The Department of Transportation (DOT) has green-lit New York’s controversial congestion tax plan, which would impose a congestion tax on drivers trying to enter Manhattan during rush hour.
The Federal Highway Administration, on Friday (May 5), tentatively approved the Metropolitan Transportation Authority’s environmental and legal proposals, allowing it to move forward with a 30-day public review period.
According to Politico’s reporting, the Biden administration is expected to give its final approval to the congestion pricing plan at the end of the review period.
The plan requires drivers entering Manhattan to pay up to $23 in addition to other tolls and fees.
New Jersey Democrats have opposed the plan, describing New York’s plan as unfair and a tax on Jersey drivers.
MTA officials said it would take about a year to build the necessary payment infrastructure, so the plan should go into effect in the second quarter of 2024.
New York Governor Kathy Hochul’s spokesperson, John Lindsay, revealed to Politico that the approval of the Biden administration “is a critical step” in making the environmental assessment publicly available for all to read, adding that the state continued to “work with.. partners” to advance congestion pricing.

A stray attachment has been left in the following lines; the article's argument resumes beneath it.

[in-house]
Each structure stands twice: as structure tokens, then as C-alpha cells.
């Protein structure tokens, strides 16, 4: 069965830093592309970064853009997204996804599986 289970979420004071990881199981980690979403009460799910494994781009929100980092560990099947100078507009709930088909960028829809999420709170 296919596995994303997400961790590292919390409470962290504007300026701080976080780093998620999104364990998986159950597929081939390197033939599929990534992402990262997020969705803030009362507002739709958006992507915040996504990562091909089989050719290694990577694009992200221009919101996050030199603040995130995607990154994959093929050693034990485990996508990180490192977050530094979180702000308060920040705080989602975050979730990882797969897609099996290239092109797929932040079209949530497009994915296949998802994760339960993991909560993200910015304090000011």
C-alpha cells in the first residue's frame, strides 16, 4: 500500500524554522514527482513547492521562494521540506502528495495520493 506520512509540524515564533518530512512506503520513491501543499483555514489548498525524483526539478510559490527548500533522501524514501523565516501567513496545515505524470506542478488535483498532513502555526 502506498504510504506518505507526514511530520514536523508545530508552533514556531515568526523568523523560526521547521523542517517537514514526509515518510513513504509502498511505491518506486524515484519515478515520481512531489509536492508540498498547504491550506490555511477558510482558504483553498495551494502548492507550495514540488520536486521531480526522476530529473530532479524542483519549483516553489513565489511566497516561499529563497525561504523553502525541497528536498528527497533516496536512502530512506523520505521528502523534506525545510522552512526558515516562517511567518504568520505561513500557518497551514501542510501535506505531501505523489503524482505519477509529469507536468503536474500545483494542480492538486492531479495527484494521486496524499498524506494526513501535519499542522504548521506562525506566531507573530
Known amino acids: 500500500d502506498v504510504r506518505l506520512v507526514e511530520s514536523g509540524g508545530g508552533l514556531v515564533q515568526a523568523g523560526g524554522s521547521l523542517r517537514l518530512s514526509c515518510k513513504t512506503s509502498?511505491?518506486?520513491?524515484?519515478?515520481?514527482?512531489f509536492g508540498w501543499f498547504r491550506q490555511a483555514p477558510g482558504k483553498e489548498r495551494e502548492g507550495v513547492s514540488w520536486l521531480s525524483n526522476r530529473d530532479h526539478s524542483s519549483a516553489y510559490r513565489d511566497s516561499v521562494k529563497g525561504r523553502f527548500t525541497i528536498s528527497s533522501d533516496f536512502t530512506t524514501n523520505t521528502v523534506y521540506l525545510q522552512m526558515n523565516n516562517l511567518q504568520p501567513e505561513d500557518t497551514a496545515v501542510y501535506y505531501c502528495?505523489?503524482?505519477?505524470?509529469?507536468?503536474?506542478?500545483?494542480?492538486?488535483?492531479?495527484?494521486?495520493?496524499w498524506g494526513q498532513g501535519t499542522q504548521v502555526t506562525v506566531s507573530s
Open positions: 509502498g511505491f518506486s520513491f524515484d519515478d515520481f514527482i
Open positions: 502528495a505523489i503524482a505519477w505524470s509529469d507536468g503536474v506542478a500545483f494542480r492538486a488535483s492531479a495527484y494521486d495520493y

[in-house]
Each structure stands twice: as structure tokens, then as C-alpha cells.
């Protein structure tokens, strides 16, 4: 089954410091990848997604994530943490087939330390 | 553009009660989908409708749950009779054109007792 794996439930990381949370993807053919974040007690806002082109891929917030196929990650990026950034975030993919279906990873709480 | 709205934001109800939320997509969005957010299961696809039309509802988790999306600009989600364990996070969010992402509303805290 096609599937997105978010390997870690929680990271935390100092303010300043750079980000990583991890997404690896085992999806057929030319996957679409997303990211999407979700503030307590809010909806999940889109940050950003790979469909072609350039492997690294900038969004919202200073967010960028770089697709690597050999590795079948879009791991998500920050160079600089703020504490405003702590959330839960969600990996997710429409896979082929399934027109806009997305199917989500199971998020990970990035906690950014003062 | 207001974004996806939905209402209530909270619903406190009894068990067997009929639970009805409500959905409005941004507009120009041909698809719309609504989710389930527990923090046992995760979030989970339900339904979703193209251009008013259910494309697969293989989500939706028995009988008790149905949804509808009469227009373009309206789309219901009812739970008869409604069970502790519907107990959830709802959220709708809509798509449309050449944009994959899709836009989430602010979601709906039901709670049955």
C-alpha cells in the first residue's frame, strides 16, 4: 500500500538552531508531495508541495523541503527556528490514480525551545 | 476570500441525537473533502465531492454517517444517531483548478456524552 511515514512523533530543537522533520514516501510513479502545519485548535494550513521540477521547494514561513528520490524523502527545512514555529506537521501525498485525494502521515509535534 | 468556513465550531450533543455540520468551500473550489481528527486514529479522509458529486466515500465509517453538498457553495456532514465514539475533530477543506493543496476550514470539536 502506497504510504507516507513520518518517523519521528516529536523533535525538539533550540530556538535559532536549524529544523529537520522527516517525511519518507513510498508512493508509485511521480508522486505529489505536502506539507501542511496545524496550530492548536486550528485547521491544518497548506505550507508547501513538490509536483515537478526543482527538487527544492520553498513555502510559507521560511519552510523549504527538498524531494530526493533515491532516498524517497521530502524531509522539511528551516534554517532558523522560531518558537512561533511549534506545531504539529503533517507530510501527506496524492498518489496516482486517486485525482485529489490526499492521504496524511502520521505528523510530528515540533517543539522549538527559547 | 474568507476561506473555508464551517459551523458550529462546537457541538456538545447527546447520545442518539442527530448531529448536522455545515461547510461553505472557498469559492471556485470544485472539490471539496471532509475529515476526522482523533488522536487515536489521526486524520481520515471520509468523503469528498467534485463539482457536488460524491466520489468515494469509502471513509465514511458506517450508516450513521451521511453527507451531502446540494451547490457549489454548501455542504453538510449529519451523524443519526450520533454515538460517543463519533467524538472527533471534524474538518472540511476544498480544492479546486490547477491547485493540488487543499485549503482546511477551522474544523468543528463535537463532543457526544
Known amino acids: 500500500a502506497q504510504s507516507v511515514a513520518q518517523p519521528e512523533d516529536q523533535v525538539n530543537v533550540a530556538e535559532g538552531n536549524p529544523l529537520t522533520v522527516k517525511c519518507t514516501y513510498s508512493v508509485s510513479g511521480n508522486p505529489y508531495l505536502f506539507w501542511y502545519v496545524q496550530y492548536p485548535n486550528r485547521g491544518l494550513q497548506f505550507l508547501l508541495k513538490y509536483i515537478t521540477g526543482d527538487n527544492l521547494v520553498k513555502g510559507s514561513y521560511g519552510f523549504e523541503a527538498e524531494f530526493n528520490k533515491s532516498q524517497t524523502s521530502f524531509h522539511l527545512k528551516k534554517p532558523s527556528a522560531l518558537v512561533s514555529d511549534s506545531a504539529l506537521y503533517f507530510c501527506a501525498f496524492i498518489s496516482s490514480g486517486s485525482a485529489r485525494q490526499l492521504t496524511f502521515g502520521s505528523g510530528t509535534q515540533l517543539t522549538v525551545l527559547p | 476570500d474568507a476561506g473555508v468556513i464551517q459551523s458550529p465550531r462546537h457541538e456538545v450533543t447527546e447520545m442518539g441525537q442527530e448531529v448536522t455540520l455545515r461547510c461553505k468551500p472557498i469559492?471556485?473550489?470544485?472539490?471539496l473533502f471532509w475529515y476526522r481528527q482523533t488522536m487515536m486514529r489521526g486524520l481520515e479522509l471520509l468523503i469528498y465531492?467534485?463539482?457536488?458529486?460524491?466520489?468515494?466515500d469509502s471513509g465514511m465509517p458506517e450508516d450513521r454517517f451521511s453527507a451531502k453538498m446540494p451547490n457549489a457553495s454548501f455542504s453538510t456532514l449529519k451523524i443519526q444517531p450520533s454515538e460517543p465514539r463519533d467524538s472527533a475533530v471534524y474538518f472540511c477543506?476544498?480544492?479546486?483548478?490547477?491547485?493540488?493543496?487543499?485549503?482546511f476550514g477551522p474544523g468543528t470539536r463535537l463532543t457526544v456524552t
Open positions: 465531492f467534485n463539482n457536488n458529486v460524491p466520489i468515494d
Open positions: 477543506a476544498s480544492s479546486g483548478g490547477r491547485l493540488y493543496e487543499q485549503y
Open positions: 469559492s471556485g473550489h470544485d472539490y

Lindsay continued that the Governor was “committed to implementing congestion pricing” in an effort to reduce traffic, improve air quality, and support New York’s public transportation system, adding that the Governor’s office had “worked closely” with the community and officials to develop a plan that would accomplish those objectives.
However, New Jersey Governor Phil Murphy (D) isn’t pleased with the plan, calling it “unfair and ill-advised” and noting his opposition to the plan that he insisted would “a greater financial burden on New Jersey commuters,” while suggesting the tax is a “money grab.”